I’m David Wescott, the political hack/PR flack who blogs about blogging at It’s Not a Lecture, and I’m so grateful to PunditMom for letting me borrow her soapbox today.

One of the things I do is track the issues-based discussions of various segments of the blogosphere, and I was struck by PunditMom’s recent post about the candidates snubbing BlogHer. I was shocked as everyone that so many candidates (though not all) didn’t find this conference important enough to attend, because we all know women who write and read blogs are more likely to be leaders in their own online and offline communities. Instead, the candidates – and particularly the Democrats – are paying quite a bit of attention to “political blogs.”

If you look at those blogs (and many PunditMom readers do) you tend to notice that, with few exceptions, political blog posts are typically just variations on a single, simple theme – the latest outrage from the other side. Think about it – one of the most popular bloggers on the left offers a “wanker of the day.” On the right, we have posts literally entitled, “outrage.” (I try not to link to specific political bloggers here because this is PunditMom’s space and I don’t want to clutter it.)

If you look at the discussions moms (and more generally, women) are having, they’re constructive discussions about the most important issues – healthcare, education, the environment, balancing work and family, and even the war. It just takes on a more personal perspective.

So why are the campaigns focusing on the blogs that just scream at the base, while ignoring the blogs that discuss the issues like adults?

MONEY. The “mother’s milk of American politics.” Political blogs raise hundreds of thousands if not millions of dollars for candidates. Bloggers are de facto contribution bundlers, giving them an amazing amount of access to the candidates and power within their respective parties. And oddly enough, much if not most of this money will be spent on advertising in the mainstream media.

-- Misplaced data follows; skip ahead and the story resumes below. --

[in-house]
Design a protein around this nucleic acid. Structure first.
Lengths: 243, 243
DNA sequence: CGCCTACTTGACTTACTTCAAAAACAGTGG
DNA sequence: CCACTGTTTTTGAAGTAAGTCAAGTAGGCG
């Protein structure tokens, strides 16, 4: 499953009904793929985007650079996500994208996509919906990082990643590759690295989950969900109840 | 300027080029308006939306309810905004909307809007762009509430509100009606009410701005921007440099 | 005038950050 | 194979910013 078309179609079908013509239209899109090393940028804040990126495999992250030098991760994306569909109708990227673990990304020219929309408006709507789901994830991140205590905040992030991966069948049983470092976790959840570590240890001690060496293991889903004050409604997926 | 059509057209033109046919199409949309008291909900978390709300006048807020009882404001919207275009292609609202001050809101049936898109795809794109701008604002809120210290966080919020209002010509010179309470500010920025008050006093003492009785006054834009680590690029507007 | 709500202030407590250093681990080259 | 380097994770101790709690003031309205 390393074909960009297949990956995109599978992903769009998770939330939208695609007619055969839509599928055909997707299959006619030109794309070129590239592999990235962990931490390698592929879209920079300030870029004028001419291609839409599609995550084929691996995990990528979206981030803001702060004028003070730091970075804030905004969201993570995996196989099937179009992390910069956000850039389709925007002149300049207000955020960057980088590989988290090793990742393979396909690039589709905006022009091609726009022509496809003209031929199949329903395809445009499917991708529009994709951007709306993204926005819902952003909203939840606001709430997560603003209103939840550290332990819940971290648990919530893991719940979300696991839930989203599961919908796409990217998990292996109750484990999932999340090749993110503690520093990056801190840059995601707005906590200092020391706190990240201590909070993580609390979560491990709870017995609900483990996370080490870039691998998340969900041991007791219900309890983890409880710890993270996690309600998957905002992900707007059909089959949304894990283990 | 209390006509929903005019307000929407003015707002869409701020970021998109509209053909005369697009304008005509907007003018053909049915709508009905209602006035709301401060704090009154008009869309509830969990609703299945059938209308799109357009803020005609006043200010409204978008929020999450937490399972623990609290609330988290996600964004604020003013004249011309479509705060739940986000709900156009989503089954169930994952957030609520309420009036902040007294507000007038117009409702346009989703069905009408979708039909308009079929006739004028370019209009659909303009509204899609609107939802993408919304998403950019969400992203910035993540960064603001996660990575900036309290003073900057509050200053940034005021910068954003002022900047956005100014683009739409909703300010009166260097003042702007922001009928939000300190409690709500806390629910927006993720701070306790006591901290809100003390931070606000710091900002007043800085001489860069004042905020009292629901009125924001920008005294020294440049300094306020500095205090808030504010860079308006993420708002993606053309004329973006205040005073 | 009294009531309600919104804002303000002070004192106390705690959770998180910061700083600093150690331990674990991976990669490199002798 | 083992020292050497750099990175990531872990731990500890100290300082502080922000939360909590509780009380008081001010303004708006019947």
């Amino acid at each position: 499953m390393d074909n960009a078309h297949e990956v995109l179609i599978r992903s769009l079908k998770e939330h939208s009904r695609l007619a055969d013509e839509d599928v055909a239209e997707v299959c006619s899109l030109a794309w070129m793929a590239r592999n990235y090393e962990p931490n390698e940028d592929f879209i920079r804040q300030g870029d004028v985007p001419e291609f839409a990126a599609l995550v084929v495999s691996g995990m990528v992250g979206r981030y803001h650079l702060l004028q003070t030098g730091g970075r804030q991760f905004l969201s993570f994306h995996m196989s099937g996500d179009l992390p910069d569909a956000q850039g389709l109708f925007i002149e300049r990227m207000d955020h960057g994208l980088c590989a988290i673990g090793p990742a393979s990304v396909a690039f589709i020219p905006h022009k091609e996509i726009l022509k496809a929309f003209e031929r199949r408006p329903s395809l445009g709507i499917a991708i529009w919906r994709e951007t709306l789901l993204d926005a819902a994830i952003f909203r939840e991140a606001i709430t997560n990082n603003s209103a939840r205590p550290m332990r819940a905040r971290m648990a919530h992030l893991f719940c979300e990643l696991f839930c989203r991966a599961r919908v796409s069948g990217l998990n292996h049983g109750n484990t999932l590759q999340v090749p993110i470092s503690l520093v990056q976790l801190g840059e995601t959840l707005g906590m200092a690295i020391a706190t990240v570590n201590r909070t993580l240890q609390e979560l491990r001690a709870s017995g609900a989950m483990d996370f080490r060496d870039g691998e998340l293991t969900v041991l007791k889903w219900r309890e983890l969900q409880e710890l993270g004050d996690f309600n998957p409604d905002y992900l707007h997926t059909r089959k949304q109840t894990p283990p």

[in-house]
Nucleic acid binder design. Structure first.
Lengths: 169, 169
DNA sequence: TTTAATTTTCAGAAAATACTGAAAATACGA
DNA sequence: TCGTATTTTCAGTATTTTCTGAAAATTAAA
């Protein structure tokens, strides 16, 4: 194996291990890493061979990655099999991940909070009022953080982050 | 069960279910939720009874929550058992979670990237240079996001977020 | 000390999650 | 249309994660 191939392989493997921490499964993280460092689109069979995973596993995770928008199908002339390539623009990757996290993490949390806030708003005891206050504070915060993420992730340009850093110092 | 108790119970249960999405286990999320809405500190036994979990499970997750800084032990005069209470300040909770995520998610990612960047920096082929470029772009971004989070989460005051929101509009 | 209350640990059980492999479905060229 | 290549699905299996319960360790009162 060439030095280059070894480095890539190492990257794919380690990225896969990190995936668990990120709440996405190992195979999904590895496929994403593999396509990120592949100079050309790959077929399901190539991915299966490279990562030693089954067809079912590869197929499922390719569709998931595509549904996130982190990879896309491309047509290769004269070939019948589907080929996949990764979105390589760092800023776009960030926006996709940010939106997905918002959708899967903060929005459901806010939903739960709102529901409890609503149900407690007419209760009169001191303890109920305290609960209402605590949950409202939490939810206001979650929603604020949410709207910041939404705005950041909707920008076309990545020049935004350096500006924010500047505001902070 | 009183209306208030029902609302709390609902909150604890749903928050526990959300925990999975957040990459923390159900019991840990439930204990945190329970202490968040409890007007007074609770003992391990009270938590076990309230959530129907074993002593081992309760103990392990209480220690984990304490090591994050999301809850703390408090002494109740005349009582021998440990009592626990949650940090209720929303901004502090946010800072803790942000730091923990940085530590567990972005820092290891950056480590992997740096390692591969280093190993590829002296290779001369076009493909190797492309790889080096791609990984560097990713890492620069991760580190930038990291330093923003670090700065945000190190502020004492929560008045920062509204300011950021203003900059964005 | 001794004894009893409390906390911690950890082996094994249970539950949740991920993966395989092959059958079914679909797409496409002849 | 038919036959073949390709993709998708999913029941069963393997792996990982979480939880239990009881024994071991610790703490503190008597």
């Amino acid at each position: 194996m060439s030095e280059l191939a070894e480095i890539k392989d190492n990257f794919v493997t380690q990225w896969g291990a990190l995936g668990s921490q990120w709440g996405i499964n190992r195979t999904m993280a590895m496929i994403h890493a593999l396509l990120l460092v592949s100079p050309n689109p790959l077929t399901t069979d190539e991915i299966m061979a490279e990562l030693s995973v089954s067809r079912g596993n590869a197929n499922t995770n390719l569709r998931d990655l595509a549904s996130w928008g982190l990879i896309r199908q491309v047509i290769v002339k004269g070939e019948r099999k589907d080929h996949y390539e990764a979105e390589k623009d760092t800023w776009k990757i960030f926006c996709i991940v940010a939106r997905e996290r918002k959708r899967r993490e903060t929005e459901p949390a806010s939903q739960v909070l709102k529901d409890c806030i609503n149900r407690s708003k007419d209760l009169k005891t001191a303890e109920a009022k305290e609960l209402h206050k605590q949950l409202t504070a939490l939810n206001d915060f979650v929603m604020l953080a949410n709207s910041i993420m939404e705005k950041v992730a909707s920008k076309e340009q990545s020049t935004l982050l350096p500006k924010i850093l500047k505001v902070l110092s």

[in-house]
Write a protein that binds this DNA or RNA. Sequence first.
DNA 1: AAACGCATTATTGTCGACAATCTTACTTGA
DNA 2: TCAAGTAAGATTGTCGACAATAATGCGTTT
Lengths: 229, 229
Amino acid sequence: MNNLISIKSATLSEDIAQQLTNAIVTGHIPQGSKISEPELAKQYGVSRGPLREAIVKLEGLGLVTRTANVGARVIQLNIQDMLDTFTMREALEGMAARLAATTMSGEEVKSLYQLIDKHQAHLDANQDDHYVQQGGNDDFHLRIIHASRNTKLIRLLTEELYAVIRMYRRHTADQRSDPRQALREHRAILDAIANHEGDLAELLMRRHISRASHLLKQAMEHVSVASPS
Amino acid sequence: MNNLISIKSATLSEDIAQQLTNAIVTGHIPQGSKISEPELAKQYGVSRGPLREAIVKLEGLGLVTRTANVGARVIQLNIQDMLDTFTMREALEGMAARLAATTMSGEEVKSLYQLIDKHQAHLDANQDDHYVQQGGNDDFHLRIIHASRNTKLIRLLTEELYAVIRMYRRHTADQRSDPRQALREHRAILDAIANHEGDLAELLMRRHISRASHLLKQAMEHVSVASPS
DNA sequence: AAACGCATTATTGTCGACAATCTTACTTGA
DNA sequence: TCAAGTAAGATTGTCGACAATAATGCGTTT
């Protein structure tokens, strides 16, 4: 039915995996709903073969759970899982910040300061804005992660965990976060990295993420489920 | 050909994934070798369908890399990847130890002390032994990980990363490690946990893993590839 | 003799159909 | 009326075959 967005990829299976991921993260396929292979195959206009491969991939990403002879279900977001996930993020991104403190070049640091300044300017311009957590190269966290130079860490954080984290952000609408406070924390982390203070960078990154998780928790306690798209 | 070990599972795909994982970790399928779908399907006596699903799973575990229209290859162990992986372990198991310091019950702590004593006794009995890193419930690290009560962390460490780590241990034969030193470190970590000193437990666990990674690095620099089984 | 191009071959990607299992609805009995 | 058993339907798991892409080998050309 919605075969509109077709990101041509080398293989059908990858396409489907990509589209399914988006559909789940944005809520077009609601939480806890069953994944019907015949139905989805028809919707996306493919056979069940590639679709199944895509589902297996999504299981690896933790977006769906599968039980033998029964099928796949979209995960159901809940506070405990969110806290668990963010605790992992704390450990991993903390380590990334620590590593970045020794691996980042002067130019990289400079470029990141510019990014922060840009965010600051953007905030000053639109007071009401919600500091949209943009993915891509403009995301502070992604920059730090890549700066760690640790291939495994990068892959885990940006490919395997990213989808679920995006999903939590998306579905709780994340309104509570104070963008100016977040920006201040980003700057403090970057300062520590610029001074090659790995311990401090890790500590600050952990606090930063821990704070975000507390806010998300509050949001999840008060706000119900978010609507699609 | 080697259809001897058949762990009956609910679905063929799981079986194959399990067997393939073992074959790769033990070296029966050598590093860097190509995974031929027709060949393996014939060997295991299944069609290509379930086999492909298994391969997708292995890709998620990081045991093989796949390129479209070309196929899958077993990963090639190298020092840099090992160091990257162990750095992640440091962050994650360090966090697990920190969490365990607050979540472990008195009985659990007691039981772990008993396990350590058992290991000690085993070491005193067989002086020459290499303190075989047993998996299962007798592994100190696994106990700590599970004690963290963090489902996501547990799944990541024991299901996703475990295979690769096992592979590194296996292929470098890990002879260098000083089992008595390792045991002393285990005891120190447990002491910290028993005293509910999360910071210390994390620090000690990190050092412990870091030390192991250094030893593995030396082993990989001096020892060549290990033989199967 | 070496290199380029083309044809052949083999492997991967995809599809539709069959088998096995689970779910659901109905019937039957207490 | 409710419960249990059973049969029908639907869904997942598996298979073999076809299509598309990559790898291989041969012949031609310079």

Moms, for the most part, are too busy making ends meet to worry about raising money for candidates online. Sure, moms contribute too – but many see their blogs as a means of personal expression and a way to belong to a community, not as a way to shill for candidates.

So if you want to start getting some of the attention you deserve from our candidates, what do you do?

One option is, frankly, to start raising money. For many moms, this really isn’t an option because it’s inconsistent with the purpose of your blog and most don’t like asking others for money anyway.

Another option is to start leveraging your blogs, facebook groups, and other stuff as Get Out The Vote tools. Social media technology is so advanced now that we can broadcast text messages from twitter or blogs or any number of tools that help identify supporters and remind them to vote on election day. GOTV is second only to money in terms of what candidates want most from the outside.

The easiest and best option, however, is to do what PunditMom does – write with passion and clarity about the political issues that matter most to you, and do it without calling other people nasty names. Great writing motivates people to action better than a crappy television commercial – it just takes a little longer. It’s the difference between broad support and deep support. People who engage in the conversations PunditMom leads are more invested in the issues and more likely to vote on election day. The candidates that politely and constructively enter those discussions are more likely to earn the support of those who care most and work hardest.

Eventually the candidates are going to realize that while money will always be important, the discussions and ideas raised in them matter most. Then, when they finally knock on your virtual doors, you can ask them what took them so long.